I'm not home much, but the place I live has a lawn and some plants. They're great plants, the kind that have lots of flowers on them, and don't die altogether even if I never water them, and come back the next year without my having to do anything. I could have just said that they were drought-tolerant flowering perennials, but those words would give you the wrong idea about my knowledge of and involvement with the resident flora. Today I unwrapped a bindweed plant from a hydrangea, because I liked the hydrangea better, but that's not to say the bindweed doesn't continue to flourish. In the end it will be bindweed versus dandilions, winner take all. I wonder if either could actually eradicate the other. Maybe I could crossbreed the two and get an aggressively climbing vine with full soft yellow flowers, requiring no watering nor care of any kind. Or perhaps it would tear apart your house, eat your pets, then run for council. Possibly, considering my local government, it already has.
Plus, I can't think of any reason why Hell would have lawns, but if it does, they look like mine. Some how it manages to be overgrown and dead, both at once. It's a zombie lawn. I'm also not sure it contains any species that are actually identifiable as lawn grass. I mowed it anyway. Didn't help its appearance.
It's a good thing the lawnmower is the manual push kind that doesn't burn gas. Aside from the fact that MOGAS would go skunky in between mowings here, I don't think I could afford to mow. I put gas in my car yesterday. My SMALL car. My car so small that they never sold them in the United States because they thought Americans wouldn't buy a car this small. (They were apparently wrong, because Americans are buying Smart Cars and mine is bigger than a Smart, but it was sold before gas prices soared.) It was down to the last tick on the fuel gauge, but not dead empty, maybe 60 km from the bottom of the tank. And it cost $57 to fill. I don't believe there is anything original I can say about the astonishing price of gas these days, so I'll just smugly report one of the benefits of being away from home all the time: This latest fill-up brings the total cumulative amount I have paid for automobile gas in 2008 to just over $200.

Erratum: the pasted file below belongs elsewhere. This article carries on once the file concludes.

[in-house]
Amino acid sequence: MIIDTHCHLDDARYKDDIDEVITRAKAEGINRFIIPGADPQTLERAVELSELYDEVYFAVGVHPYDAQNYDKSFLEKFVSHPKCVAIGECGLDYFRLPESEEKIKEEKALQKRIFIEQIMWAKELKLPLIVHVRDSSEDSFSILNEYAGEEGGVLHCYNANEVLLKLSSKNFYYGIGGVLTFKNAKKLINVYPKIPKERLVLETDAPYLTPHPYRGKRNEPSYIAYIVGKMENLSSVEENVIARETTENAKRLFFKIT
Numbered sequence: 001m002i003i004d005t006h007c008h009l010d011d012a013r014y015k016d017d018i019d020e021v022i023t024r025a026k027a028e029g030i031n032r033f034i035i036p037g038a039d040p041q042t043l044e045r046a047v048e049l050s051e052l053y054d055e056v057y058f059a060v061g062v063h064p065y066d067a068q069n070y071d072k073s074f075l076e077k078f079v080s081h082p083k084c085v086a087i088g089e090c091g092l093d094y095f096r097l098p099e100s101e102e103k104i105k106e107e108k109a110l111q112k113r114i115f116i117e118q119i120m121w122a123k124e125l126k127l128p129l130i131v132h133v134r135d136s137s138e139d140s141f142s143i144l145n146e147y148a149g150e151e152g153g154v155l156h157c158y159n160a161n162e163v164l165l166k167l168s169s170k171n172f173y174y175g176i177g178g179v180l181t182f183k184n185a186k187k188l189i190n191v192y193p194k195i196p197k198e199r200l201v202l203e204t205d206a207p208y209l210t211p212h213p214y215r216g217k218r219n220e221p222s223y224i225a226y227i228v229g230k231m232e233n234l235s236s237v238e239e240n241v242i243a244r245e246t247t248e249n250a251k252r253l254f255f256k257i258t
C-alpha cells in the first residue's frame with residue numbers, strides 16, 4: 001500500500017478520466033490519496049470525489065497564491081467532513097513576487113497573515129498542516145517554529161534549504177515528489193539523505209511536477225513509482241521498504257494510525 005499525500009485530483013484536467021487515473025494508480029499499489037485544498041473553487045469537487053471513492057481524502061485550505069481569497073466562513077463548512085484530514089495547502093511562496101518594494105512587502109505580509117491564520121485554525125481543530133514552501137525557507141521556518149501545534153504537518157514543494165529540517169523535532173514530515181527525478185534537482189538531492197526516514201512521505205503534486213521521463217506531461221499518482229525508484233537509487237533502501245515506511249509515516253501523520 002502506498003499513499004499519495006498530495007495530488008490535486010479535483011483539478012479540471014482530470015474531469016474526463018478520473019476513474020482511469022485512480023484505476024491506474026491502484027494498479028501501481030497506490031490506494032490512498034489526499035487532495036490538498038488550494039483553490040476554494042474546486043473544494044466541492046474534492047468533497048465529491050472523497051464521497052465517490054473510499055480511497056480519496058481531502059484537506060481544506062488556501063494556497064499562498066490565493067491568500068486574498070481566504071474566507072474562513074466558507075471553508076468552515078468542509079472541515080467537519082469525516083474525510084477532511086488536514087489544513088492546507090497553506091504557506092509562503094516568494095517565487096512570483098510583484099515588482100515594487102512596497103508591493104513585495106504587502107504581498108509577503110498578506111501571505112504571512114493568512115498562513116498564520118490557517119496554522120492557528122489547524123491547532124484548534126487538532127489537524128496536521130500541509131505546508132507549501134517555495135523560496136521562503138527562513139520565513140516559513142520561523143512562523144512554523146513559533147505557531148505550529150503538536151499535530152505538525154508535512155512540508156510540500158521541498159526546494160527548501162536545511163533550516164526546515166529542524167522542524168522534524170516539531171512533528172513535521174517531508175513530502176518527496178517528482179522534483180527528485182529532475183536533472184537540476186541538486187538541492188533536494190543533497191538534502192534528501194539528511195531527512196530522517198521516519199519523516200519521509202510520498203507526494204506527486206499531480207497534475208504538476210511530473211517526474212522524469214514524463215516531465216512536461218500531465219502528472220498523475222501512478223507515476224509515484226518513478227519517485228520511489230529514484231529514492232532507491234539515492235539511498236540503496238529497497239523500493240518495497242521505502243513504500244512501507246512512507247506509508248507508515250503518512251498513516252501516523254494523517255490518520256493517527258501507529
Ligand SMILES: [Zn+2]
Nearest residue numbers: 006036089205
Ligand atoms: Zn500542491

It helps also that because I'm not really in a hurry when I'm at home, I bike or walk or take the bus most places.